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April 16, 1960 - Image 3

Resource type:
Text
Publication:
The Michigan Daily, 1960-04-16

Disclaimer: Computer generated plain text may have errors. Read more about this.

'

Chou En-Lai

Starts

Tour!

Of

FaLr

East

in

Burma

Gay Crowd
Welcomes
Red Leader
dLR dR
China Head Comes
For Water Festival
RANGOON, Burma (A") - Pre-
mier Chou En-Lai of Communist
China emerged from behind the
Bamboo Curtain yesterday to open
a campaign of smiles in southeast
Asia. He was inundated with
friendly welcome.
Thousands of Burmese were cel-
ebrating their annual water festi-
val as he arrived from Peiping and
Chou was drenched to the skin.
Chou joined in the celebration,
which involves throwing water
and being soaked in return as a
sign of good will, and friendship
before the Burmese New Year to-
day.
Enjoys Himself
The suave Communist leader,
usually sober and determined,
seemed to enjoy himself. He shook
hands eagerly and dressed him-
self in Burmese costume-bright
yellow head binding, orange -
yellow jacket (Premier U Nu's
party colors), green checked sa-
rong and rubber slippers with
orchid toe straps. He rode through
town in an open truck.
It was a fitting and, for Chou,
a happy beginning to a three-
nation tour aimed at restoring
'Race Torn'
Africa Sees
Quiet Day
JOHANNESBURG (A') - Good
Friday brought race-torn South
Africa its quietest day in almost
a month but the threat of new
work boycotts next week over-
shadowed optimism.
This was a work holiday and a
holiday for the courts which have
been grinding out stiff sentences
for hundreds of Negroes seized in
connection with the campaign
against the government's segrega-
tion policies.
It also was apparently a rest
day for the government's white
police, who have been staging
daily raids on so-called inciters
and intimidators. At nightfall no
raids had been reported for the
day.
Streets Deserted
Johannesburg's sunny streets
were almost deserted yesterday
wmorning. Many persons attended
religious services and the state-
controlled radio broadcast pro-
grams commemorating Christ's
crucifixion.
The situation also was reported
quiet in the sprawling settlements
outside Durban, which have been
the scene of violent clashes.
From Pretoria came word that

the peaceful image of Red China
that was sharply damaged by
Communist suppression of last
year's revolt in Tibet,
From Rangoon, the 52-year-old
Communist leader travels to New
Delhi Tuesday for talks with In-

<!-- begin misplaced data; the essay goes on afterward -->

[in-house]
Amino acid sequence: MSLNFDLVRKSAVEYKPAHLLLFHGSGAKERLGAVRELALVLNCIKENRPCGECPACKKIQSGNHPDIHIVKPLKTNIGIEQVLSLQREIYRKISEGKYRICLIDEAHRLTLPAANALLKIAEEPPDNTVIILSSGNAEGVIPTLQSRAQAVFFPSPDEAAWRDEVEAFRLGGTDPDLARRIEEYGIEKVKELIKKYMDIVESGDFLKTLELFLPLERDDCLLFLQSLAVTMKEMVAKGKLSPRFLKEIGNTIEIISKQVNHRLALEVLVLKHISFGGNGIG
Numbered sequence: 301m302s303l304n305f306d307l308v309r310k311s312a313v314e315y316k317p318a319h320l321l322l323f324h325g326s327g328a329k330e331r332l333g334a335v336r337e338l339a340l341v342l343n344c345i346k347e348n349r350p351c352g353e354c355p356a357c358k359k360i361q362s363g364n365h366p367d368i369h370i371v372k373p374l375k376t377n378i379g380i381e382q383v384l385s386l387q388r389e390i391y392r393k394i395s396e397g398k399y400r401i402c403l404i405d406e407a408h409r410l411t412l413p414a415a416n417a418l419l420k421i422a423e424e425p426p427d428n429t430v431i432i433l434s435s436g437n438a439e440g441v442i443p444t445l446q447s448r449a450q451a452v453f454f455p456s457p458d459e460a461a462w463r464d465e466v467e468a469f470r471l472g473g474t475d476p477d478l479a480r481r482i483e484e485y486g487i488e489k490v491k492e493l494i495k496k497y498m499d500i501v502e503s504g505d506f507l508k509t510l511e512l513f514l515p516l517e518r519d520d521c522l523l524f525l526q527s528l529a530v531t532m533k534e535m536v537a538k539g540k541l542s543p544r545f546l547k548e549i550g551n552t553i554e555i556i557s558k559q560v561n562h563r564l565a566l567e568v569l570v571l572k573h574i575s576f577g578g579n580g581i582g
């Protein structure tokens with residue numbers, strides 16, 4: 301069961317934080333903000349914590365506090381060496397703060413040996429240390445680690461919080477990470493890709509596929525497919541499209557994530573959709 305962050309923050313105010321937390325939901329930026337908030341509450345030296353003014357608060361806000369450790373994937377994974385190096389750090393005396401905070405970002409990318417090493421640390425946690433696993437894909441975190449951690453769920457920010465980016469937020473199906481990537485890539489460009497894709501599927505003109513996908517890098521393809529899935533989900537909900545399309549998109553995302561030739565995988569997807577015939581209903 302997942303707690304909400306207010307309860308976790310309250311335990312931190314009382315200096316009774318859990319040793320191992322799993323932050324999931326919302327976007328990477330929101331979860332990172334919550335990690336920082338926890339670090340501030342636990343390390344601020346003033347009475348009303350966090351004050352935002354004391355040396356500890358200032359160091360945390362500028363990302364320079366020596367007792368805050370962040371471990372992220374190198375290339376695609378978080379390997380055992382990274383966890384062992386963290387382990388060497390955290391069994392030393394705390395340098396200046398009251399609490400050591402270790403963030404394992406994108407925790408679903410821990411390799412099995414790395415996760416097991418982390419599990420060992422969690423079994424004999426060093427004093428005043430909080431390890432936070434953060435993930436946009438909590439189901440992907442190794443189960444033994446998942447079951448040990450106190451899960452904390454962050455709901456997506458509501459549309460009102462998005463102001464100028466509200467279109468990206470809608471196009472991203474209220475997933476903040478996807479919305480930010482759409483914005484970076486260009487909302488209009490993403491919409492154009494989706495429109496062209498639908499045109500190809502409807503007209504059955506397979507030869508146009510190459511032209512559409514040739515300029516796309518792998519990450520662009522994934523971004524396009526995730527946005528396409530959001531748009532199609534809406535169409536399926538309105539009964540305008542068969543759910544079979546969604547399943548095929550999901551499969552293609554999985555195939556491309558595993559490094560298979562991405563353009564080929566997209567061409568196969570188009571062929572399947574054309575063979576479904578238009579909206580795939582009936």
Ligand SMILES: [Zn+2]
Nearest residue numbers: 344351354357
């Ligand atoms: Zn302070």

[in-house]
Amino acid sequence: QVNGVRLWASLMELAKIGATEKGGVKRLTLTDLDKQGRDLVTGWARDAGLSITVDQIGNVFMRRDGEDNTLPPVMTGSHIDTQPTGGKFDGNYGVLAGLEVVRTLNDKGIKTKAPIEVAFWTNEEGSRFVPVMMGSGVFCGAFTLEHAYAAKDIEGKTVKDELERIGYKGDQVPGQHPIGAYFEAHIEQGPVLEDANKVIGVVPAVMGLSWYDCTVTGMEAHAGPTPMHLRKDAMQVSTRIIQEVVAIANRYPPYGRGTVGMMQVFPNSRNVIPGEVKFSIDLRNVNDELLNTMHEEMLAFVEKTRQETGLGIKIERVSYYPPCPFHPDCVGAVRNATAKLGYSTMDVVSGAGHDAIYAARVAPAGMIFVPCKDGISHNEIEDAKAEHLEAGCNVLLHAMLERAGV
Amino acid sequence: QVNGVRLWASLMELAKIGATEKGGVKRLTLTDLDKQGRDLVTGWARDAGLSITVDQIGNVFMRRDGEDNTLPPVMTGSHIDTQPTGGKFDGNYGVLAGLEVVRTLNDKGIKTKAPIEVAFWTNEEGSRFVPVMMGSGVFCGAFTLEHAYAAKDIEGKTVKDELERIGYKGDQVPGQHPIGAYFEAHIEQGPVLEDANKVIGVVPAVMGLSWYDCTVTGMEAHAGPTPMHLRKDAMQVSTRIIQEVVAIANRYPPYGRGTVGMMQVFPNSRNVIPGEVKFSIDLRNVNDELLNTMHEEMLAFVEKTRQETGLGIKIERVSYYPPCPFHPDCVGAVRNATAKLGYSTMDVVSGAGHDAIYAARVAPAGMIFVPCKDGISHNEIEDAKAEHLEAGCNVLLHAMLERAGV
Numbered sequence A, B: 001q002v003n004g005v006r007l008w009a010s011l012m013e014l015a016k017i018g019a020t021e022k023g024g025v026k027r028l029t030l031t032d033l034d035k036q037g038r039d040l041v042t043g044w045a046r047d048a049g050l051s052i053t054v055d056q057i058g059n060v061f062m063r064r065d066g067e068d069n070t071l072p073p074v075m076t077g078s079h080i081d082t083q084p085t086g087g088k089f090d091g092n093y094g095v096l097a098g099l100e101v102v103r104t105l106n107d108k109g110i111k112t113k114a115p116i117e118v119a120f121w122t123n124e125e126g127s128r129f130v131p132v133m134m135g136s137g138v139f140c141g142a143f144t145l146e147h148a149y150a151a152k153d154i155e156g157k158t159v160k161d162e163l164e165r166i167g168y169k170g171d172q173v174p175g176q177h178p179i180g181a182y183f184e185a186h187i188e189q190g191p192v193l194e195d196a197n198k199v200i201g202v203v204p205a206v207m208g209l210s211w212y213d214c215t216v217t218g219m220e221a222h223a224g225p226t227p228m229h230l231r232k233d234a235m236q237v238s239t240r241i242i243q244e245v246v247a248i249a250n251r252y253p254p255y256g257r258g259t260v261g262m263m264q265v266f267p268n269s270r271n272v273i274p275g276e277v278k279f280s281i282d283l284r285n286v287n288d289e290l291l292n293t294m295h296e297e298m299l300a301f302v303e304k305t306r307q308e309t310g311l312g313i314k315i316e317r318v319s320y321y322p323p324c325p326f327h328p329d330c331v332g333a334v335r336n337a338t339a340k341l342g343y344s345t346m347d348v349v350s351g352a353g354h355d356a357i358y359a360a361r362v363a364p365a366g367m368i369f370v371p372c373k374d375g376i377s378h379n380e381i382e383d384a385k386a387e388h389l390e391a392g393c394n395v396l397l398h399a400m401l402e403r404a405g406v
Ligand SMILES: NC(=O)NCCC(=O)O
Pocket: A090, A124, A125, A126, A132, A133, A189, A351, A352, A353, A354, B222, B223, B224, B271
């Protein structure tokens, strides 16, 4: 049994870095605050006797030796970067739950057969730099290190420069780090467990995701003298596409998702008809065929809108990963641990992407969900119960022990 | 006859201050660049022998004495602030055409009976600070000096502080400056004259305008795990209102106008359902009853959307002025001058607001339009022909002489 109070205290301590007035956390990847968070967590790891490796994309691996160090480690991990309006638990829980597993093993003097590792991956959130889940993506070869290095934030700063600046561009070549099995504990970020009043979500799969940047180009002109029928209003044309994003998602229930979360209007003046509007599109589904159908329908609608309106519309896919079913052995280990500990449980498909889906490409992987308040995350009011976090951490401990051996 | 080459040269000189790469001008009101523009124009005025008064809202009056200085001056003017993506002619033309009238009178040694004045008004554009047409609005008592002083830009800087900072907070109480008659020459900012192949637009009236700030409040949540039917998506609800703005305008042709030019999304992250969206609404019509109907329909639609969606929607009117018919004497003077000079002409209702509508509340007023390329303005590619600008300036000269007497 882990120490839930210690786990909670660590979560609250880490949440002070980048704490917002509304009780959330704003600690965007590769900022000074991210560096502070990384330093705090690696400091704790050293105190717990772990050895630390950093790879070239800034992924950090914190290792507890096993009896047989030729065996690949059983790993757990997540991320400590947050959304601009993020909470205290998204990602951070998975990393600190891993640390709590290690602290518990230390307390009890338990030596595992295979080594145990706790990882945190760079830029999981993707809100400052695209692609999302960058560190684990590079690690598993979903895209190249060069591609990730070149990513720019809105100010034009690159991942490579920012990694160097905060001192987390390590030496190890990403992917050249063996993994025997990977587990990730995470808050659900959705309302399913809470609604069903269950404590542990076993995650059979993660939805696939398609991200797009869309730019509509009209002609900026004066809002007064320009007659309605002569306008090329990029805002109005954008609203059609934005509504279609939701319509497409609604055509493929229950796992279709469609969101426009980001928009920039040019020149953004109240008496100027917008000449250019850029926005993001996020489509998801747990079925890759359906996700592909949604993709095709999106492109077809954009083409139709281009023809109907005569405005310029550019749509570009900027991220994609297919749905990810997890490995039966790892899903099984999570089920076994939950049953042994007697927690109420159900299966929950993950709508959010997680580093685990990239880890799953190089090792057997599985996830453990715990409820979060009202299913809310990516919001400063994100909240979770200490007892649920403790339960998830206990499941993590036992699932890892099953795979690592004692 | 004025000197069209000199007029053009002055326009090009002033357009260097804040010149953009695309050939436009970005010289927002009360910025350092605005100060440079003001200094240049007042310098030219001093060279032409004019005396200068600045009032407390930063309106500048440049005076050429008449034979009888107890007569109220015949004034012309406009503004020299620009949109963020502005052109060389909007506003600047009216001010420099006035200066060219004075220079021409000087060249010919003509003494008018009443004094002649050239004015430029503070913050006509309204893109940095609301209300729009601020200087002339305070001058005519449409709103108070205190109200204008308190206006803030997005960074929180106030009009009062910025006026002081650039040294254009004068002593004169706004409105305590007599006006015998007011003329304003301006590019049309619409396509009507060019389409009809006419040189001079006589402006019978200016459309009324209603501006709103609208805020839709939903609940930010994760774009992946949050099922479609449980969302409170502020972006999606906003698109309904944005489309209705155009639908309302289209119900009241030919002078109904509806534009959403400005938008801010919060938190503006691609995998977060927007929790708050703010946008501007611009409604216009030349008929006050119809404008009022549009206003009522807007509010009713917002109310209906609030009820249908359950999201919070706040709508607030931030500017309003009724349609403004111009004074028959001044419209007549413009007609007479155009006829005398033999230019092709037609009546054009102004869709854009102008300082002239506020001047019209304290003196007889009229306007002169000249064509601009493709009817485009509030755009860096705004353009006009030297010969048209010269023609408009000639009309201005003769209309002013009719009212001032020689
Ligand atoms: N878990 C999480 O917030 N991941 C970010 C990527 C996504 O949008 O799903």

dian Prime Minister Nehru about
51,000 square miles of disputed
border territory.
Clashes between Chinese troops
and Indian police have raised
Indian charges of Chinese invas-
ion and damaged Peiping's care-
fully constructed peaceful co-
existence campaign in India.
To Visit Nepal
From New Delhi Chou goes on
to the Himalayan kingdom of
Nepal for more talks. The Chinese
attempted to put on a peaceful
race for the New Delhi talks by
signing a border agreement last
month with Nepalese Prime Min-
ister B. P. Koirala.
But when Koirala got home
from Peiping he complained the
Chinese wanted to take over his
country's greatest natural won-
der, Mt. Everest. He said the
world's tallest mountain would
remain Nepalese territory.
Arriving at Rangoon airport,
Chou was welcomed by U Nu as
"an old friend whose great con-
tribution toward Chinese-Burmese
friendship is already a matter of
recorded history."
U.S. Planes
To Pursue
AirCapsul e

Chou and U Nu are expected to
work out details of the agreement,
which was Red China's opening
gun in the diplomatic friendship
campaign.
This is Chou's first trip out of
Communist China in three years
and his hosts took all precautions
to see that water would be the
worst thing thrown at him.
Thirteen anti-Communist Chi-
nese were arrested at the request
of the Red Chinese embassy. A
number of Indians holding Bur-
mese citizenship were detained.
The only trouble came at City
Hall, where an eager crowd got
out of hand and pressed into a
barrier about 30 yards from Chou.
Police shoved them back with
clubs, but a few people were blood-
ied and dozens of Burmese slippers
were thrown in anger.
Bodyguards Protect Chou
A half-dozen Chinese 'body,-
guards jumped in to protect Chou
but the trouble cleared up in min-
utes and they returned to the
day's work-drying off the boss
from bowls of water thrown by
Burmese maidens, movie stars and
even the Burmese security chief,
who got carried away by the holi-
day spirit. At times Chou was
gasping for breath.